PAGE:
Date of Award

1985

Document Type

Dissertation

Degree Name

Doctor of Philosophy (PhD)

Abstract

Purpose. The primary goal of this study was to answer the question: What has been the contribution of the United States agricultural teacher education profession to the international development process? The study, therefore, was a synthesis of past involvement of agricultural teacher educators in international agriculture and rural improvement activities since 1950. Population. The population of this study consisted of 117 agricultural teacher educators in the United States with at least .51 FTE responsibilities in teacher education programs and experience in international development acitivites abroad. Objectives. Eight specific objectives of the study were the identification of (1) primary goals of international projects, (2) exact activities of the educators, (3) other experts who co-worked with them, (4) their specific accomplishments, (5) major problems they encountered, and (6) future role of their profession in international development, and the solicitation of (7) recommendations for solving problems of agriculture in developing countries, and (8) advice for successful assignments abroad. Methods. A census survey was conducted. Data were collected using a mailed questionnaire. Respondents recorded their responses on cassette tapes. Responses were transcribed, analyzed, and synthesized by commonality of each of the objectives of the study. Findings. More than 90 agricultural teacher educators have been involved in over 230 separate foreign assignments since 1952. They served in 78 countries world-wide. Their activities were funded by different governmental, international, and private agencies. Project goals were varied and ranged from institution-building to trade promotion. Consequently, activities of these educators differed greatly, for example, institutions were built, programs established, and agriculture teachers trained. More than 120 different experts representing at least seven occupational clusters co-worked with agricultural teacher educators who were on foreign assignments. These educators encountered several major problems on their assignments. These included bureaucratic red-tape, goals-need conflicts, and culture shock. Teacher educators reported several tangible and personal accomplishments. They also suggested a variety of roles for their profession in future international development activities. Educators also made recommendations to host governments and aid donors for solving problems in international agriculture. Finally, educators provided advice on how to succeed as an international agricultural educator.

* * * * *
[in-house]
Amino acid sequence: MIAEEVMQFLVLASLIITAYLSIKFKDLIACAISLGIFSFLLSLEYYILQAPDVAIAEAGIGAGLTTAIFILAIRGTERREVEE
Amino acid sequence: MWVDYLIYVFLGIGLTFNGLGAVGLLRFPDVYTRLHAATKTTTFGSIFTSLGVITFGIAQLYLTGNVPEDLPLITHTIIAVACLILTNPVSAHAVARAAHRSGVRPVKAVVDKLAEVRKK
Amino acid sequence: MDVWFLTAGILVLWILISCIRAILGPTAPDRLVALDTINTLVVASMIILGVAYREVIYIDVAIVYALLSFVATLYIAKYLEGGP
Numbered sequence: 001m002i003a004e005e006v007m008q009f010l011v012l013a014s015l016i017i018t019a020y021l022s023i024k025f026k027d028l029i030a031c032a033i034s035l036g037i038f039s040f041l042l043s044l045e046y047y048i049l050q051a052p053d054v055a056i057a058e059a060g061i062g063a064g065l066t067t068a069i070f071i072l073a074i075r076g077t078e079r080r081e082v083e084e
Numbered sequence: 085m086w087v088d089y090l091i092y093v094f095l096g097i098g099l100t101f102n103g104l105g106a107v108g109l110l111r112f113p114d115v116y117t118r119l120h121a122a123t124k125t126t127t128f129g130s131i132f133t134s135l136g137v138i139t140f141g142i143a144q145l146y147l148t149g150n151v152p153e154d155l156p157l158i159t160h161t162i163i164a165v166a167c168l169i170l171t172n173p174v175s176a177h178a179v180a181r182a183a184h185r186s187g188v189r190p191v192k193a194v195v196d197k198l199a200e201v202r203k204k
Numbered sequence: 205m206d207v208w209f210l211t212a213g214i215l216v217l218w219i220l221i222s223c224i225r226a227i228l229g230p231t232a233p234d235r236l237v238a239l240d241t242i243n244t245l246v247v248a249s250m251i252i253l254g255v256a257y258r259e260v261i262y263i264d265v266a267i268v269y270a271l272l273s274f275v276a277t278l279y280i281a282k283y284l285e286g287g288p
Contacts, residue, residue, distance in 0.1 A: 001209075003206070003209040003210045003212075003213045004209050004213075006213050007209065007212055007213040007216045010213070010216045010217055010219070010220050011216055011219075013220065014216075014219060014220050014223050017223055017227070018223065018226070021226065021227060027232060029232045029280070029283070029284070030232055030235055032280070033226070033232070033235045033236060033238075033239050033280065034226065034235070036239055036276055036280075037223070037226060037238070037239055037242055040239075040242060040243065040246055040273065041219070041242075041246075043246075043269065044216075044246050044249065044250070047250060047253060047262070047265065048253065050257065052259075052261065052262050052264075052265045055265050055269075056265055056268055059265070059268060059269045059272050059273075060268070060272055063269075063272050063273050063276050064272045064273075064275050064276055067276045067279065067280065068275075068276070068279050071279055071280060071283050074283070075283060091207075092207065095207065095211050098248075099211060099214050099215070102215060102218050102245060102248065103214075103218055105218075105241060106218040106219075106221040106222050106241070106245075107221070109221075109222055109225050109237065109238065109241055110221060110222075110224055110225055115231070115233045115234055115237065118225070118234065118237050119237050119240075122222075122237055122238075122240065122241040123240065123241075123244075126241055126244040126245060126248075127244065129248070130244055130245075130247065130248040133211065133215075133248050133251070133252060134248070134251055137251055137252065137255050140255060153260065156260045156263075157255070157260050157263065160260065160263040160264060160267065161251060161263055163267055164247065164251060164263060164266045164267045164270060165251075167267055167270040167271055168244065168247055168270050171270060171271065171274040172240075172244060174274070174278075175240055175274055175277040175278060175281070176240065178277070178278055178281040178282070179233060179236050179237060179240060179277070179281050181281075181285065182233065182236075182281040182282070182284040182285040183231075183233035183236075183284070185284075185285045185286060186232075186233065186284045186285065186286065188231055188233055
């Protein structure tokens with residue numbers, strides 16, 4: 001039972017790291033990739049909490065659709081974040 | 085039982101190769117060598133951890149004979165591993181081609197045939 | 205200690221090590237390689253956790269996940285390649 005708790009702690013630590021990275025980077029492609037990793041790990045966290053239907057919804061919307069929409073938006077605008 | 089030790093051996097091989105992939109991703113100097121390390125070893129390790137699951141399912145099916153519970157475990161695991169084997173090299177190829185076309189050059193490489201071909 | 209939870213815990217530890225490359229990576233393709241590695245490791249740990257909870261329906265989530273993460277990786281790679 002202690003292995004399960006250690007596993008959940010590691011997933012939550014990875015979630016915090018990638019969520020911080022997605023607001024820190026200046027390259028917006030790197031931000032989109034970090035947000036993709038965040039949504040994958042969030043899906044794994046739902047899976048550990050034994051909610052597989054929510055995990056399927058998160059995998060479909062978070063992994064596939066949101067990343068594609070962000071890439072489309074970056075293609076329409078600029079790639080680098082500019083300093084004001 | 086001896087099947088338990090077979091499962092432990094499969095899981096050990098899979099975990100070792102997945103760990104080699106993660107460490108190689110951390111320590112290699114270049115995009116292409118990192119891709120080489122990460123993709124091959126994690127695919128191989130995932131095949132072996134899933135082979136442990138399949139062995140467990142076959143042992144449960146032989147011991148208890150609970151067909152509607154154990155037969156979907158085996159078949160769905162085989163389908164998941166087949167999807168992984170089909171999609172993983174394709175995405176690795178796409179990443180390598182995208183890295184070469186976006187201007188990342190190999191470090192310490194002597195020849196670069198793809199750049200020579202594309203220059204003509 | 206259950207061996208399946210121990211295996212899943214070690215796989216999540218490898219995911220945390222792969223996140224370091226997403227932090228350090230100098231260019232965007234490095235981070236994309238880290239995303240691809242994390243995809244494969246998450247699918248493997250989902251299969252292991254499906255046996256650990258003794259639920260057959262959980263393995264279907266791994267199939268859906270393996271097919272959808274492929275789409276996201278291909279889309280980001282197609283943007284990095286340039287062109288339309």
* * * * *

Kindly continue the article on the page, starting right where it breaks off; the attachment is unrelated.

Pages

219

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